In an effort to approach my career more professionally I’ve taken to reading numerous articles daily about “the craft” and the like. I came upon this article recently, originally posted by James Clear (jamesclear.com/daily-routines-writers) about the daily routines of 12 famous writers and how they can be applied to our own lives. Most writers wake up early and exercise. I have two dogs so I walk and jog a little daily, but today I tried exercising. We’ll see how long that lasts. I hate mornings.
I, myself, am all about routine. Having the dogs helps too, as they keep me on track, but I’m a night owl. I write best, I feel, in the late hours of the night when the world is asleep, dark and quiet. There are no distractions; no phone calls, few Facebook updates, no pressing matters. And I can play a few mind numbing rounds of Tetris without feeling guilty. I read somewhere that Bret Easton Ellis plays too. That makes me feel better. Sometimes, while I’m spaced out, negotiating odd-shaped blocks into a perfect pattern, I can workout whatever little bump in the writing road I’ve encountered.
Henry Miller’s routine in particular struck me so I thought I’d share – In 1932, the famous writer and painter created a work schedule that listed his “Commandments” for him to follow as part of his daily routine. This list was published in the book, Henry Miller On Writing.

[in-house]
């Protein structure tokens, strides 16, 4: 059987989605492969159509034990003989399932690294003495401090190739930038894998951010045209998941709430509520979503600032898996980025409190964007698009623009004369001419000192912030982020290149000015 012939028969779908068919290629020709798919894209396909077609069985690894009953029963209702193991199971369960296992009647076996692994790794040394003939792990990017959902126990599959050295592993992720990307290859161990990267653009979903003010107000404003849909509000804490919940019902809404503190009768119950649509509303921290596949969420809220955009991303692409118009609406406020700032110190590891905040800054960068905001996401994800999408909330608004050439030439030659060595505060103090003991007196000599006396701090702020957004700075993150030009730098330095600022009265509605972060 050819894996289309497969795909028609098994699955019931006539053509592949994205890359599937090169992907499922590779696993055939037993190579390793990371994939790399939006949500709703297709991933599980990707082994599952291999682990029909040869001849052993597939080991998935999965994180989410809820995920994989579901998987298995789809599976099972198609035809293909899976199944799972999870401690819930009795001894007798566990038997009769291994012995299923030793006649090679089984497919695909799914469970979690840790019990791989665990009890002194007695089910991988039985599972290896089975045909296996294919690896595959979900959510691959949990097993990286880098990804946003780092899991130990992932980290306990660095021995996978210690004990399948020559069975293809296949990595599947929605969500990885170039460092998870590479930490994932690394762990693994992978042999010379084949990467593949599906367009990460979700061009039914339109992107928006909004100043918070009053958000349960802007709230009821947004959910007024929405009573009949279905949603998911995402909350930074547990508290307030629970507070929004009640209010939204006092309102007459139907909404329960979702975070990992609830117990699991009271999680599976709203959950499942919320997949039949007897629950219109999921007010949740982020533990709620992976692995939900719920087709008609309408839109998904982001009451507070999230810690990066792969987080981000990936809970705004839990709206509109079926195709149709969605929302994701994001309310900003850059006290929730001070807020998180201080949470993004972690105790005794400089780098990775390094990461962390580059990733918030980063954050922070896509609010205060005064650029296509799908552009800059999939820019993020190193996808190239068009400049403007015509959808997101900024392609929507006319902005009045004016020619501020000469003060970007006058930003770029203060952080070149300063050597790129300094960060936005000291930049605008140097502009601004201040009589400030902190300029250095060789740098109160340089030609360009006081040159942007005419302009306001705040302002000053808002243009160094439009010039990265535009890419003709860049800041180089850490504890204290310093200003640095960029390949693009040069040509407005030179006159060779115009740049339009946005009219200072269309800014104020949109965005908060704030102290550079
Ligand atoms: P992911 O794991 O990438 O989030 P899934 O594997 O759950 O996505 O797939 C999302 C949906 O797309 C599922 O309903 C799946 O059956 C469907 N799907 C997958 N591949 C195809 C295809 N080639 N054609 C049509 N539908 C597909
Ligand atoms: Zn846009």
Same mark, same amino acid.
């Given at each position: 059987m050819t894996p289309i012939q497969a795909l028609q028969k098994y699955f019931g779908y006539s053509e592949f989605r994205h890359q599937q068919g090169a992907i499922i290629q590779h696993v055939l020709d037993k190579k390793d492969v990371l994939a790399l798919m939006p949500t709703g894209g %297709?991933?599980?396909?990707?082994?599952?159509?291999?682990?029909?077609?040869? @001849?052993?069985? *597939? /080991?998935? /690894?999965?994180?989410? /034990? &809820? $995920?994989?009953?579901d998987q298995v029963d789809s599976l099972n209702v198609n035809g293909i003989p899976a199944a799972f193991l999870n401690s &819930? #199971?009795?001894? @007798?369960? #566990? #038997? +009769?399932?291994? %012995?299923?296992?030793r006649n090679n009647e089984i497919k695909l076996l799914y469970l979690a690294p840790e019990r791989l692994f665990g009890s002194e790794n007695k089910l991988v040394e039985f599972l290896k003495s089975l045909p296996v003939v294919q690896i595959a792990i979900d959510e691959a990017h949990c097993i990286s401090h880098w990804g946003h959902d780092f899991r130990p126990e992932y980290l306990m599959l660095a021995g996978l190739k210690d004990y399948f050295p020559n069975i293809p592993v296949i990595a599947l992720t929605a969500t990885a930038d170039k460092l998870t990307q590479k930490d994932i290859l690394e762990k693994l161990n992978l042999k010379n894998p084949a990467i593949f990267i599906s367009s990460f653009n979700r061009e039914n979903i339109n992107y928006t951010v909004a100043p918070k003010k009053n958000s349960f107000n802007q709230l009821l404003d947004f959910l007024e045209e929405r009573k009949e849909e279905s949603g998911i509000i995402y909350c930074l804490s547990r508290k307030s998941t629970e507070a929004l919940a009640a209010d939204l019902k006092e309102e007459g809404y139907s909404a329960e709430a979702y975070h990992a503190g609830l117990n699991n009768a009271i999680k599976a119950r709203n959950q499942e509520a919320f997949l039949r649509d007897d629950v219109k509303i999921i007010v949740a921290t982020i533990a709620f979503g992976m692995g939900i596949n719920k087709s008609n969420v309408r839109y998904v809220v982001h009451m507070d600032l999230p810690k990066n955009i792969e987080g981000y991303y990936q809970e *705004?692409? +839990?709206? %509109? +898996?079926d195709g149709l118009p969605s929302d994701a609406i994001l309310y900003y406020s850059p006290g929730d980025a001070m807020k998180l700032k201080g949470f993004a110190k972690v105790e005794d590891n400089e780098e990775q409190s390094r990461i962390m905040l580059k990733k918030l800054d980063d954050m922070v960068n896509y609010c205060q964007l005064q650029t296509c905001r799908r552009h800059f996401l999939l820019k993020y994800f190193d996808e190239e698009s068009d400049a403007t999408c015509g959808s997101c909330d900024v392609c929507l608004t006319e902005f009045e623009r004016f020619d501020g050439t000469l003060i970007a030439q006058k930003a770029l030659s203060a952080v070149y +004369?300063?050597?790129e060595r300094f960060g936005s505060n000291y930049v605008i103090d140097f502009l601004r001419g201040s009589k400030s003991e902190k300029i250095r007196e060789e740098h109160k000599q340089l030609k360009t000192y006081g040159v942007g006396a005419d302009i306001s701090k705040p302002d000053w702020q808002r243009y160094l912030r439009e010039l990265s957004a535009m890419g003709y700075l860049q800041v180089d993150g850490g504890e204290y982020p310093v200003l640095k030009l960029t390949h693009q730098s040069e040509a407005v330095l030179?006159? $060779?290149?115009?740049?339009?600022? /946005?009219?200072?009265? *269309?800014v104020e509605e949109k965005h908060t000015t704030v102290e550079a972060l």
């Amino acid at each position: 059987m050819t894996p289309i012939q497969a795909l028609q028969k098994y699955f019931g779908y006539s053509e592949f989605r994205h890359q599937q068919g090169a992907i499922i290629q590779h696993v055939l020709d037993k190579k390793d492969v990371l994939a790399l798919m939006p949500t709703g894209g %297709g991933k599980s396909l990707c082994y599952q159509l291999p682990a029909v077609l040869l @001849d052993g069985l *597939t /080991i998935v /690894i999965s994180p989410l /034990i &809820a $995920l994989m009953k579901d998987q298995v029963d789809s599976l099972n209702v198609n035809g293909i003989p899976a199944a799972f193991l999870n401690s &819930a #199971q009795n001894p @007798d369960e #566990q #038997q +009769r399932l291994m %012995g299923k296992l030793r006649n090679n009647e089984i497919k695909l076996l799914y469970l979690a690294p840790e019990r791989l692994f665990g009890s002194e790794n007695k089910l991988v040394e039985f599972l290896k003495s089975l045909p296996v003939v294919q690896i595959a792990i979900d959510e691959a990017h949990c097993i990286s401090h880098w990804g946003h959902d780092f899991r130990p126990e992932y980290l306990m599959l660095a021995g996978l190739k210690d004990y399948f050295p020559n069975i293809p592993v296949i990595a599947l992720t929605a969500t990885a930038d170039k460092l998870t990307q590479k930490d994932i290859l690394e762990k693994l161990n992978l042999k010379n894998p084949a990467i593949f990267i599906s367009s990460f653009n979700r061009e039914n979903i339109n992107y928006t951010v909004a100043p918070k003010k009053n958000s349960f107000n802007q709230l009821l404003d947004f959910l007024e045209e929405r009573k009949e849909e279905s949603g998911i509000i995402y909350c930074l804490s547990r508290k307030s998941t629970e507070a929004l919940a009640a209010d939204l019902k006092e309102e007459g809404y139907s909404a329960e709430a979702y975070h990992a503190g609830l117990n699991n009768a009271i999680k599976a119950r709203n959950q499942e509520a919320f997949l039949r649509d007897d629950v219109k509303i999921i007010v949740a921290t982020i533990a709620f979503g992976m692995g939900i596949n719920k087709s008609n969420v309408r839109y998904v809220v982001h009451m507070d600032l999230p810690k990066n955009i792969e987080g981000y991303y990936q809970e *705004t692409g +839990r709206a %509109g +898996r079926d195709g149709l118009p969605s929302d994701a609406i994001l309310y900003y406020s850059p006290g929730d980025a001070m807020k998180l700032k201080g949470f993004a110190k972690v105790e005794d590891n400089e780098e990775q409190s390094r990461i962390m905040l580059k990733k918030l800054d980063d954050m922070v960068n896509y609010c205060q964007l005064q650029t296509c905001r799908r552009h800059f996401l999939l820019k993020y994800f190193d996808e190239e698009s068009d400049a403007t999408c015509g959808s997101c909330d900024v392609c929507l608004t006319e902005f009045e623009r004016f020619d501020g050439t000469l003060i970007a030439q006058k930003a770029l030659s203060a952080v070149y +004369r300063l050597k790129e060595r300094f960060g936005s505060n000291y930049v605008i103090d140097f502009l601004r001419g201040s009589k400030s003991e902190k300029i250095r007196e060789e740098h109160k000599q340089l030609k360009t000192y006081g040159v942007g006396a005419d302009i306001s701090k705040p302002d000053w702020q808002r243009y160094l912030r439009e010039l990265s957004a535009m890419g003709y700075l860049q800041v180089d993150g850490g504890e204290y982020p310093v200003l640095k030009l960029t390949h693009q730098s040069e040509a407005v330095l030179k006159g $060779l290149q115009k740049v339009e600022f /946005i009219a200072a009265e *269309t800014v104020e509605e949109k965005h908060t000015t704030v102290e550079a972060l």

- Work on one thing at a time until finished.
- Start no more new books, add no more new material to “Black Spring.”
- Don’t be nervous. Work calmly, joyously, recklessly on whatever is in hand.
- Work according to Program and not according to mood. Stop at the appointed time!
- When you can’t create you can work.
- Cement a little every day, rather than add new fertilizers.
- Keep human! See people, go places, drink if you feel like it.
- Don’t be a draught-horse! Work with pleasure only.
- Discard the Program when you feel like it—but go back to it next day.Concentrate. Narrow down. Exclude.
- Forget the books you want to write. Think only of the book you are writing.
- Write first and always. Painting, music, friends, cinema, all these come afterwards.